Abbott Laboratories on Wednesday reported weaker-than-expected revenue for the second consecutive quarter, as sluggish sales of its generic pharmaceuticals and continued effects of an overseas recall of its baby formula last summer continued to drag on sales.
Company executives also warned in a morning conference call that its performance in the first quarter of 2014 would likely fall below Wall Street expectations due to the lingering effects of the recall and unfavorable foreign exchange rates that have dogged the company for months.
Investors sent Abbott shares down as much as 5 percent in morning trading before the stock rebounded to $38.25, or down 2.2 percent in the midafternoon.
"We're making good progress, recovering. We're on the right path that we projected," said Tom Freyman, Abbott's chief financial officer, of the effects of the baby formula recall. "But as we said from the very beginning … this is going to cause a very tough first-half comparison in 2014, and that’s what you’re seeing."
Freyman called the negative effect of foreign exchange in the first quarter “particularly acute.”
The company's full-year forecast, however, was in line with analyst forecasts.
"Having the year back-end loaded raised some concerns," said Jeff Windau, an analyst with Edward Jones. "However, we believe Abbott is well positioned as the strong product pipeline and broad international presence should provide long-term growth opportunities."
For the fourth quarter, Abbott said net income from continuing operations climbed 20 percent to $918 million, or 58 cents a share, in line with Wall Street estimates.
Revenue for the quarter was $5.65 billion, up 0.4 percent from $5.63 billion in the same period a year ago, but short of the $5.72 billion analysts expected.
The Lake County-based medical products giant, which spun off its pharmaceutical arm into AbbVie Inc. at the start of the year, said net earnings dropped 44 percent to $589 million, reflecting the separation. Overall earnings per share were 37 cents, down from 66 cents in the fourth quarter of 2012.
Excluding foreign exchange, which had an unfavorable 2.9 percent drag on sales, revenue increased 3.3 percent. Abbott sales were hurt for the second consecutive quarter by the supplier recall in Asia that eroded total worldwide sales growth by about 1.5 percentage points.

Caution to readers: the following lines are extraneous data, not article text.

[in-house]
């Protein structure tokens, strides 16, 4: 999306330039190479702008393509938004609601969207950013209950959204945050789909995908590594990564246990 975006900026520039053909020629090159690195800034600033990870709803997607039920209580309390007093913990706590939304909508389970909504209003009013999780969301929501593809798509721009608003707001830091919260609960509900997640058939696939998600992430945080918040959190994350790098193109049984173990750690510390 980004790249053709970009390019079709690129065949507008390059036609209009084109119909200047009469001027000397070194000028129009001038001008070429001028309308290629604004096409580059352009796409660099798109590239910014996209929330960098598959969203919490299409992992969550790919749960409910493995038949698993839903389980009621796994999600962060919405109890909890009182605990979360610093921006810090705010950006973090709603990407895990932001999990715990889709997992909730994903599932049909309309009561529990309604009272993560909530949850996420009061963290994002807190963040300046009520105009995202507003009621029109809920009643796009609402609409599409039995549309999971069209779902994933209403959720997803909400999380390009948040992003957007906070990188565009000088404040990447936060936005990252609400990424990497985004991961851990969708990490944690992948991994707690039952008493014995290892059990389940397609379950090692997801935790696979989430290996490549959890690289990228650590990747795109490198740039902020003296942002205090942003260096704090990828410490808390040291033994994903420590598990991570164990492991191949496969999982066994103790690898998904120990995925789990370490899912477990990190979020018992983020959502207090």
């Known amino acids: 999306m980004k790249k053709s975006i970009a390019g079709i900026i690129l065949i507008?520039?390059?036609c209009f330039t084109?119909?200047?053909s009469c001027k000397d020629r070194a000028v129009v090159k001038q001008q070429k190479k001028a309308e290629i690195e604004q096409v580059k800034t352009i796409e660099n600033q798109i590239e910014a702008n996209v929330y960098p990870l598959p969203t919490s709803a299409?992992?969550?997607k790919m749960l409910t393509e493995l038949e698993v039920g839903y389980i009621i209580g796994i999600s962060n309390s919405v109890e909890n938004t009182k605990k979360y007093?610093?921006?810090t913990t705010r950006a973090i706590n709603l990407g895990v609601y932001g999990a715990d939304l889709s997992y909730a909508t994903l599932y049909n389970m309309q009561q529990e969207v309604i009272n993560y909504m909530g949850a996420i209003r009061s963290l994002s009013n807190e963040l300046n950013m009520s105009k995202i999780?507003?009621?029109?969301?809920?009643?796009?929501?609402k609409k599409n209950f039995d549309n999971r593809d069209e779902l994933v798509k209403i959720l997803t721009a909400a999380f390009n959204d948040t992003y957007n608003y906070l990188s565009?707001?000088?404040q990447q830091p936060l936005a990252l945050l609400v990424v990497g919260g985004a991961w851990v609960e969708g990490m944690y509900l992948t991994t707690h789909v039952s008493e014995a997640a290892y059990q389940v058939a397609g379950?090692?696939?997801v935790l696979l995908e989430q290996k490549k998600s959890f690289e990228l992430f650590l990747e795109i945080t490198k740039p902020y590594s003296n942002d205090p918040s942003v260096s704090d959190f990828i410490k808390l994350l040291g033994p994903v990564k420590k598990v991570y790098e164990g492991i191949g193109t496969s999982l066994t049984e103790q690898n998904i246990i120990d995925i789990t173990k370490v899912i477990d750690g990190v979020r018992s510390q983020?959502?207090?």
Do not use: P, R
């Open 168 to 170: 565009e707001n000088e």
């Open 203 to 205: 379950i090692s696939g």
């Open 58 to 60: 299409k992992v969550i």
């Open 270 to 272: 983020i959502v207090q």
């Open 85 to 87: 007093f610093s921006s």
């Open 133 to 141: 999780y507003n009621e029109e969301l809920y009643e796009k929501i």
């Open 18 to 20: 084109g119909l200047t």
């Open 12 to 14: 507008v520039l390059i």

Some of its products were pulled from shelves in August when Fonterra, its New Zealand-based supplier, warned that some of its whey protein contained an ingredient that could cause botulism. The warning turned out to be a false alarm, but not before companies like Danone and Abbott yanked their products.
Abbott also announced a plan to repurchase some $2 billion of its stock in 2014, pulling a second lever on trying to bolster its attractiveness to investors. The company in October also announced a 57 percent hike in its quarterly dividend.
The company also said it plans to take special charges of $1.03 per share in 2014, in part because of a tax expense associated with a one-time repatriation to the United States of 2014 international earnings.
The move will "provide that cash here in the U.S. for strategic flexibility and the various things we would want to use it for," Freyman said.
In the past, Abbott has typically kept that income overseas and invested it in acquisitions and to fund expansions into new markets and production. It is slated to open three new production plants this year, including facilities in China and India.
Abbott's diagnostic division reported a sales increase of 5.9 percent, while sales in medical devices rose 2 percent. Established pharmaceuticals -- the branded generic drugs sold internationally that Abbott retained after the spin-off -- sales fell 4.3 percent, a continued soft spot. Sales in the nutrition division, hurt by the international recall, fell 0.8 percent.
firstname.lastname@example.org | Twitter: @peterfrostCopyright © 2014, The Baltimore Sun